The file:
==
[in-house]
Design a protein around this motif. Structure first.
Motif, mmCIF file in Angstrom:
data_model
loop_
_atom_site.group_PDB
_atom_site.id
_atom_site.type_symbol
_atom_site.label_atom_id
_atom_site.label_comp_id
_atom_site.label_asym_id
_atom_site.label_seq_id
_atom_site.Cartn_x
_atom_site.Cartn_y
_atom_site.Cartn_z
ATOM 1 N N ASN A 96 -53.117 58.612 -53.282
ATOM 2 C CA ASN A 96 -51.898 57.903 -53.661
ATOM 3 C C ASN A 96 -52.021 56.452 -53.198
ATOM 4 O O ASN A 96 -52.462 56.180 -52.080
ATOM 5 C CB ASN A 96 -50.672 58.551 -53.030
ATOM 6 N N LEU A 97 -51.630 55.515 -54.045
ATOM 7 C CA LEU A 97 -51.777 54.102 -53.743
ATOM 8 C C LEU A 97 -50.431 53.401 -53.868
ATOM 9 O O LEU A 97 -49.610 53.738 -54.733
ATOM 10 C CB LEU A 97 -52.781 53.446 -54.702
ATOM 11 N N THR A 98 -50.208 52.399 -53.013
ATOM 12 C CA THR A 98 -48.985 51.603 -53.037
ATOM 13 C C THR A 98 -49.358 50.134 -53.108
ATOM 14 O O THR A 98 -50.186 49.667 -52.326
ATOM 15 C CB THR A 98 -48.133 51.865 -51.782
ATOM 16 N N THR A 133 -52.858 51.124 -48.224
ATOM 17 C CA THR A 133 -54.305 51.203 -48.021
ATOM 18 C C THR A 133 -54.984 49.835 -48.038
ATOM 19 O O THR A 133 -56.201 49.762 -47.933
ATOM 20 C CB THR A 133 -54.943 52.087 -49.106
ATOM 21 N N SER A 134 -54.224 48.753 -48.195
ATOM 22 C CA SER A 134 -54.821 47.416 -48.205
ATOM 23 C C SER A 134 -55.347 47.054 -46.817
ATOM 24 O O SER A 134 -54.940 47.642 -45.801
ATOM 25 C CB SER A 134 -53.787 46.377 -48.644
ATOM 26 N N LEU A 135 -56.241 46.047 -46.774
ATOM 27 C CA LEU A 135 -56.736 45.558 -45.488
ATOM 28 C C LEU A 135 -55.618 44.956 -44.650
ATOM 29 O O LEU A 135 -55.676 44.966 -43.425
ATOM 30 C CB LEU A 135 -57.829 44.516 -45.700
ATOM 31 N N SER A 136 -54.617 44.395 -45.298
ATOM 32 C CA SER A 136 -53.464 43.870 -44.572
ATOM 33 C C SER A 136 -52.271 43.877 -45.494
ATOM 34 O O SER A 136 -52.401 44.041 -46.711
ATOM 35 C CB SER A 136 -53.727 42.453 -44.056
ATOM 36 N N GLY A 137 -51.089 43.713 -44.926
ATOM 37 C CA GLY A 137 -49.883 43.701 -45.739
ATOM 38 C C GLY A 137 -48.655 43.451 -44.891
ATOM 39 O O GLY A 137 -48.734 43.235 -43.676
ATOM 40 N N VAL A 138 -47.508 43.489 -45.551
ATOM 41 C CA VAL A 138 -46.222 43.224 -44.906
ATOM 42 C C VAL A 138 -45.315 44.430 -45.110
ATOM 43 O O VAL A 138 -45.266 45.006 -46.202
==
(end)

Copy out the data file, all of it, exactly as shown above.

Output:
[in-house]
Design a protein around this motif. Structure first.
Motif, mmCIF file in Angstrom:
data_model
loop_
_atom_site.group_PDB
_atom_site.id
_atom_site.type_symbol
_atom_site.label_atom_id
_atom_site.label_comp_id
_atom_site.label_asym_id
_atom_site.label_seq_id
_atom_site.Cartn_x
_atom_site.Cartn_y
_atom_site.Cartn_z
ATOM 1 N N ASN A 96 -53.117 58.612 -53.282
ATOM 2 C CA ASN A 96 -51.898 57.903 -53.661
ATOM 3 C C ASN A 96 -52.021 56.452 -53.198
ATOM 4 O O ASN A 96 -52.462 56.180 -52.080
ATOM 5 C CB ASN A 96 -50.672 58.551 -53.030
ATOM 6 N N LEU A 97 -51.630 55.515 -54.045
ATOM 7 C CA LEU A 97 -51.777 54.102 -53.743
ATOM 8 C C LEU A 97 -50.431 53.401 -53.868
ATOM 9 O O LEU A 97 -49.610 53.738 -54.733
ATOM 10 C CB LEU A 97 -52.781 53.446 -54.702
ATOM 11 N N THR A 98 -50.208 52.399 -53.013
ATOM 12 C CA THR A 98 -48.985 51.603 -53.037
ATOM 13 C C THR A 98 -49.358 50.134 -53.108
ATOM 14 O O THR A 98 -50.186 49.667 -52.326
ATOM 15 C CB THR A 98 -48.133 51.865 -51.782
ATOM 16 N N THR A 133 -52.858 51.124 -48.224
ATOM 17 C CA THR A 133 -54.305 51.203 -48.021
ATOM 18 C C THR A 133 -54.984 49.835 -48.038
ATOM 19 O O THR A 133 -56.201 49.762 -47.933
ATOM 20 C CB THR A 133 -54.943 52.087 -49.106
ATOM 21 N N SER A 134 -54.224 48.753 -48.195
ATOM 22 C CA SER A 134 -54.821 47.416 -48.205
ATOM 23 C C SER A 134 -55.347 47.054 -46.817
ATOM 24 O O SER A 134 -54.940 47.642 -45.801
ATOM 25 C CB SER A 134 -53.787 46.377 -48.644
ATOM 26 N N LEU A 135 -56.241 46.047 -46.774
ATOM 27 C CA LEU A 135 -56.736 45.558 -45.488
ATOM 28 C C LEU A 135 -55.618 44.956 -44.650
ATOM 29 O O LEU A 135 -55.676 44.966 -43.425
ATOM 30 C CB LEU A 135 -57.829 44.516 -45.700
ATOM 31 N N SER A 136 -54.617 44.395 -45.298
ATOM 32 C CA SER A 136 -53.464 43.870 -44.572
ATOM 33 C C SER A 136 -52.271 43.877 -45.494
ATOM 34 O O SER A 136 -52.401 44.041 -46.711
ATOM 35 C CB SER A 136 -53.727 42.453 -44.056
ATOM 36 N N GLY A 137 -51.089 43.713 -44.926
ATOM 37 C CA GLY A 137 -49.883 43.701 -45.739
ATOM 38 C C GLY A 137 -48.655 43.451 -44.891
ATOM 39 O O GLY A 137 -48.734 43.235 -43.676
ATOM 40 N N VAL A 138 -47.508 43.489 -45.551
ATOM 41 C CA VAL A 138 -46.222 43.224 -44.906
ATOM 42 C C VAL A 138 -45.315 44.430 -45.110
ATOM 43 O O VAL A 138 -45.266 45.006 -46.202